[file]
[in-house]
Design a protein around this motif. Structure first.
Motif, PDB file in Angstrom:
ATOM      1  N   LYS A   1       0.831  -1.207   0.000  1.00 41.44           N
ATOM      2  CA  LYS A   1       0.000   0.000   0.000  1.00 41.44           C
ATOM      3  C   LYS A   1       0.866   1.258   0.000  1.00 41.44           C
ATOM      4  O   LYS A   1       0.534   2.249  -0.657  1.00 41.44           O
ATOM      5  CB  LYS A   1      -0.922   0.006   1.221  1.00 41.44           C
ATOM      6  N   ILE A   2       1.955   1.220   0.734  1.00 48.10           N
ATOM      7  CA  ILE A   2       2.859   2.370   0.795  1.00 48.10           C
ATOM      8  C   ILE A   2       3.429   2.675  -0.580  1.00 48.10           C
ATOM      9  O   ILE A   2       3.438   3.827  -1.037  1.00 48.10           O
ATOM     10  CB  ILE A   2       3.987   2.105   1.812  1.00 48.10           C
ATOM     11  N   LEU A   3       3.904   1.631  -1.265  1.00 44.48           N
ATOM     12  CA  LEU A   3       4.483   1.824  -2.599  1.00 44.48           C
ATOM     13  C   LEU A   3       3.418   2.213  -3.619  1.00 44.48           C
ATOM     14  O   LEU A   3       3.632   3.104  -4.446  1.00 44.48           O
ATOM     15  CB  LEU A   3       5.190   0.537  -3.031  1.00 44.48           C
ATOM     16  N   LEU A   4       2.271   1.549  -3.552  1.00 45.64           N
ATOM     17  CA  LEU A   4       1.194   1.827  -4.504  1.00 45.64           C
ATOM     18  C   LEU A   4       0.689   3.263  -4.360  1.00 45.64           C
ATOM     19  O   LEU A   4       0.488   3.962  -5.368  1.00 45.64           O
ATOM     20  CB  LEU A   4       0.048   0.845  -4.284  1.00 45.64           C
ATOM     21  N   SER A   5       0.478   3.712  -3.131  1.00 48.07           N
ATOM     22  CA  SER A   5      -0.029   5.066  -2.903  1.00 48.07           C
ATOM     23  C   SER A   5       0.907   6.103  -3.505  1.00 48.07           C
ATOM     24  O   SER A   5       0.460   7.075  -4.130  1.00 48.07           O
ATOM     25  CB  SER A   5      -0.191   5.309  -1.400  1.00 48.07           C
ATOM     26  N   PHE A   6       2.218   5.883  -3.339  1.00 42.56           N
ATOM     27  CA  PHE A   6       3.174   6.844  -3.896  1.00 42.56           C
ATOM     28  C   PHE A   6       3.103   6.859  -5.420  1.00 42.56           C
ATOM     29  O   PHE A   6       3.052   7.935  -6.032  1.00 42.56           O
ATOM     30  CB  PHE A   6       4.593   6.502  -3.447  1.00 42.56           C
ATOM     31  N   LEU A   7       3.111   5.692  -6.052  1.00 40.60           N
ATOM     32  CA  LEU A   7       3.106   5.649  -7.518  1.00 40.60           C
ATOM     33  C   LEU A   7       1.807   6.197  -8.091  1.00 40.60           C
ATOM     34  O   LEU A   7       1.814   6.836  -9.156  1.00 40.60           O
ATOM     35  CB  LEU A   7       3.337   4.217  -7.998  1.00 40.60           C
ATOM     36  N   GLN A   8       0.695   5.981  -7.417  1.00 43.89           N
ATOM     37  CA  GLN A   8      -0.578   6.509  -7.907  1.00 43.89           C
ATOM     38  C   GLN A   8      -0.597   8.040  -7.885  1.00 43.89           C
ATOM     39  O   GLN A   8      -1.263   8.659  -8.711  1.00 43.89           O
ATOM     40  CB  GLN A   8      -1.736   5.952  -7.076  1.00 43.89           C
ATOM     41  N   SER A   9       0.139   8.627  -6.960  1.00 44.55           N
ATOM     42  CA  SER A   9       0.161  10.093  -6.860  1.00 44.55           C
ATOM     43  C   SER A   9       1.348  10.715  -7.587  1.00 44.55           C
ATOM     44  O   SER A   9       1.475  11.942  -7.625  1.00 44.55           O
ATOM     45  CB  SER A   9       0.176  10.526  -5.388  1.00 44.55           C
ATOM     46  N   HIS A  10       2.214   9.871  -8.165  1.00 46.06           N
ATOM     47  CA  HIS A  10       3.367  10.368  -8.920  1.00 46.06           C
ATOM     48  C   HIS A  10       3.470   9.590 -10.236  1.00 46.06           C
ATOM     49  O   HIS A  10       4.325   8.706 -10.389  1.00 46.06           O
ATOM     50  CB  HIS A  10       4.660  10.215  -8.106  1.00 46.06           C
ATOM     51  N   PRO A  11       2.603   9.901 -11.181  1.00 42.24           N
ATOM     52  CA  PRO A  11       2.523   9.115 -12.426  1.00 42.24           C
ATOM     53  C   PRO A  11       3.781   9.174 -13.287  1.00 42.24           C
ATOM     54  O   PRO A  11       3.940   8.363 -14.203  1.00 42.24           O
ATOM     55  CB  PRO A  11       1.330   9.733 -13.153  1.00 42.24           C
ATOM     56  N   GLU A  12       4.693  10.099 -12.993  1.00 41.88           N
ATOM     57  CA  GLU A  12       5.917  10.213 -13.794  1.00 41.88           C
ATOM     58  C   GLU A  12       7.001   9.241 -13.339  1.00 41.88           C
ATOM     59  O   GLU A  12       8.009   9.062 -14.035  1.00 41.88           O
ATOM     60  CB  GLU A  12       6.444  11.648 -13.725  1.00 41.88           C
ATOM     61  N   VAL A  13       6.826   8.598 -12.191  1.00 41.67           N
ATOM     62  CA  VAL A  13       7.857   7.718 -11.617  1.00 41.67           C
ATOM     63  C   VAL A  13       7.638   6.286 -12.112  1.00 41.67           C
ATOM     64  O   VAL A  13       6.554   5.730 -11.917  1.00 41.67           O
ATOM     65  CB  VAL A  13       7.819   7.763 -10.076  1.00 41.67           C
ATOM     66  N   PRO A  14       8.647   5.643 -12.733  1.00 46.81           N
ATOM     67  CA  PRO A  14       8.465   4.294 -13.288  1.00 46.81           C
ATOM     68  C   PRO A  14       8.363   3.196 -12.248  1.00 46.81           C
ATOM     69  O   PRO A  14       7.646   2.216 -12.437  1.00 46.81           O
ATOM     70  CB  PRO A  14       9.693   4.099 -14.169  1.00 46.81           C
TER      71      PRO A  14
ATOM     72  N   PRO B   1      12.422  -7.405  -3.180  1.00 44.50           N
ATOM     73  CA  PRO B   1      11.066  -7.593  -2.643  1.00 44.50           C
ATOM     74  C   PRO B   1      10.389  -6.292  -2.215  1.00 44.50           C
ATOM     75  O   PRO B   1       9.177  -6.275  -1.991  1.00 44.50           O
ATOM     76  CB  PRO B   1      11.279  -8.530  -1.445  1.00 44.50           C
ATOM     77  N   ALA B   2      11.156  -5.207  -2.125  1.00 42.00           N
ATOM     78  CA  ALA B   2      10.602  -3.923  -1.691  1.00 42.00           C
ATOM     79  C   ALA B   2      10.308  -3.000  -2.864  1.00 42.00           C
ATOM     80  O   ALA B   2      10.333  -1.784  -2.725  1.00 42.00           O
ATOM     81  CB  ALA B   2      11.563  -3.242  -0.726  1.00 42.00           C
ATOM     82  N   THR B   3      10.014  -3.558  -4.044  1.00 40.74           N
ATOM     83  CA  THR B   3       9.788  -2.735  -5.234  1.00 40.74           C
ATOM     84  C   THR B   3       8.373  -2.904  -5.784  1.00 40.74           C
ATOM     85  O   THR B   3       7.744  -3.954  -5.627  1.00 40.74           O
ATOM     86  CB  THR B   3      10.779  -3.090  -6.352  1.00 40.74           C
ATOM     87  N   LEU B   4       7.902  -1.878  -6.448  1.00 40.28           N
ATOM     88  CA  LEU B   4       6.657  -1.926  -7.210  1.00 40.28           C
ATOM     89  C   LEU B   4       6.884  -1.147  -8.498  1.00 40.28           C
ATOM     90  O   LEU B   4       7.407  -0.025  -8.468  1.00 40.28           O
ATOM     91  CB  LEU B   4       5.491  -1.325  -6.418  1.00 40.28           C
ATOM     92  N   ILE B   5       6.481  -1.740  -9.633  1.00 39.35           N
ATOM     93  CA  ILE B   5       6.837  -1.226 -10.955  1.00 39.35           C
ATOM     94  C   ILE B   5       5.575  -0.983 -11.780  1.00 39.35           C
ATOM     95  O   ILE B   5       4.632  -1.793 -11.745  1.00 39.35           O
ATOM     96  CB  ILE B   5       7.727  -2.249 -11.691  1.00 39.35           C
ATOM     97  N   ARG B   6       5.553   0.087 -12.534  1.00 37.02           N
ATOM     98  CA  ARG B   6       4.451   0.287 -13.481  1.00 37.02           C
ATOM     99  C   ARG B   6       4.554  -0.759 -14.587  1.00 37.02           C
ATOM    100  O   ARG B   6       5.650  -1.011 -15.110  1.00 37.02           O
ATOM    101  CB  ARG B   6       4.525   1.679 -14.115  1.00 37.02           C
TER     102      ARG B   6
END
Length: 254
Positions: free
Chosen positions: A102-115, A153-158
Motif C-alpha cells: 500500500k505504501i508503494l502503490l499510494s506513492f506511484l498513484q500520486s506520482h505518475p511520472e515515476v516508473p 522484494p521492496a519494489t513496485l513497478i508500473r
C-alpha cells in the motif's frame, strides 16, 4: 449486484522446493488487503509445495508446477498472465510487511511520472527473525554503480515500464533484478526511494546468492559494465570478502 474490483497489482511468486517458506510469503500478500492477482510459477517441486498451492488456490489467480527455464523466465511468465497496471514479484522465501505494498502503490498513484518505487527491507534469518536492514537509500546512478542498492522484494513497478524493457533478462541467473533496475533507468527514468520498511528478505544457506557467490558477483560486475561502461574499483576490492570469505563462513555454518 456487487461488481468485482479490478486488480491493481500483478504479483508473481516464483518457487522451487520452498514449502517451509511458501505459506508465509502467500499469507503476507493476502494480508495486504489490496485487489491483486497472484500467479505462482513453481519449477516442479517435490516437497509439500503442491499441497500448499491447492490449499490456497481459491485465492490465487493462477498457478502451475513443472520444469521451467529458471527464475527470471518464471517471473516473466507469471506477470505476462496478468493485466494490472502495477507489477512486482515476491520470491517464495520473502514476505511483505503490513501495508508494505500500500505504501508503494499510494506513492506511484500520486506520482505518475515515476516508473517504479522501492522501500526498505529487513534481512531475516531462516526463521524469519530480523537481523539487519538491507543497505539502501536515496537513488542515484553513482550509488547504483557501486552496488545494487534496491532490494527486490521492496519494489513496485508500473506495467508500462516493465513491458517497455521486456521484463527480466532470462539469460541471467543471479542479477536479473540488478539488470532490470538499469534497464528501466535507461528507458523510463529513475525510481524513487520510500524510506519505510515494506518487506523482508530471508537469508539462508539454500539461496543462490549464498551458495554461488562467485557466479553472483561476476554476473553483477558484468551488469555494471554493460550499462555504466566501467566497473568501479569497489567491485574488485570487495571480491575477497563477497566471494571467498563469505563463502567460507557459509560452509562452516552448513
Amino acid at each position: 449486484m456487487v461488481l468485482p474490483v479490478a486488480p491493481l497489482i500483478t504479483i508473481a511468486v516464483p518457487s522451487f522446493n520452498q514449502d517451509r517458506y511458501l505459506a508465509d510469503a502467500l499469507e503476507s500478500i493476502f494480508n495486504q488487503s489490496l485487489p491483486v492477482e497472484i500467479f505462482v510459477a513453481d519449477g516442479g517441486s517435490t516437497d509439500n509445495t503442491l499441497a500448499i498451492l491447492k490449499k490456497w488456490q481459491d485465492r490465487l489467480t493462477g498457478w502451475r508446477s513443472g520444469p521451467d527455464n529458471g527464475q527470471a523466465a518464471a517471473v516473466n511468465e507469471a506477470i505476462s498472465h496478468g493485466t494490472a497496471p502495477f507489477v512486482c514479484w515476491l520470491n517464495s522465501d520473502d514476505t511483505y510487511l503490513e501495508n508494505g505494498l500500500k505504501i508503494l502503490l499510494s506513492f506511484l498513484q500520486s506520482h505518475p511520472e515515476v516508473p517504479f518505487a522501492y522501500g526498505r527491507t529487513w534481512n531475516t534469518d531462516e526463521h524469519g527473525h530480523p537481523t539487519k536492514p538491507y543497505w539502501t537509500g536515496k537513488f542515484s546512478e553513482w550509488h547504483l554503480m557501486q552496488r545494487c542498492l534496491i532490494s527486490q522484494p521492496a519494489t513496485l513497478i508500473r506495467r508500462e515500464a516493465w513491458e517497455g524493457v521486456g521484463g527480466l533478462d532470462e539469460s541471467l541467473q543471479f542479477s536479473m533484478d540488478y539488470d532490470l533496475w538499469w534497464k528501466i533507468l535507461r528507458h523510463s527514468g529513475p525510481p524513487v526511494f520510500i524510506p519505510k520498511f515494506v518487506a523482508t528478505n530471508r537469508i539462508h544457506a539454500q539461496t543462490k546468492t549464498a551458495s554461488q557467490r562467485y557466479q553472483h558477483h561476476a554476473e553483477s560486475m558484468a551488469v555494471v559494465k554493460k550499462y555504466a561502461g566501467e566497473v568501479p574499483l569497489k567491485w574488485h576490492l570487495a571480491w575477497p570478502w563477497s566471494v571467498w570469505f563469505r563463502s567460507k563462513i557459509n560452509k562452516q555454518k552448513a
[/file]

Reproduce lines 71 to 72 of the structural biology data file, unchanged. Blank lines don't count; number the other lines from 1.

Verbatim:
ATOM     68  C   PRO A  14       8.363   3.196 -12.248  1.00 46.81           C
ATOM     69  O   PRO A  14       7.646   2.216 -12.437  1.00 46.81           O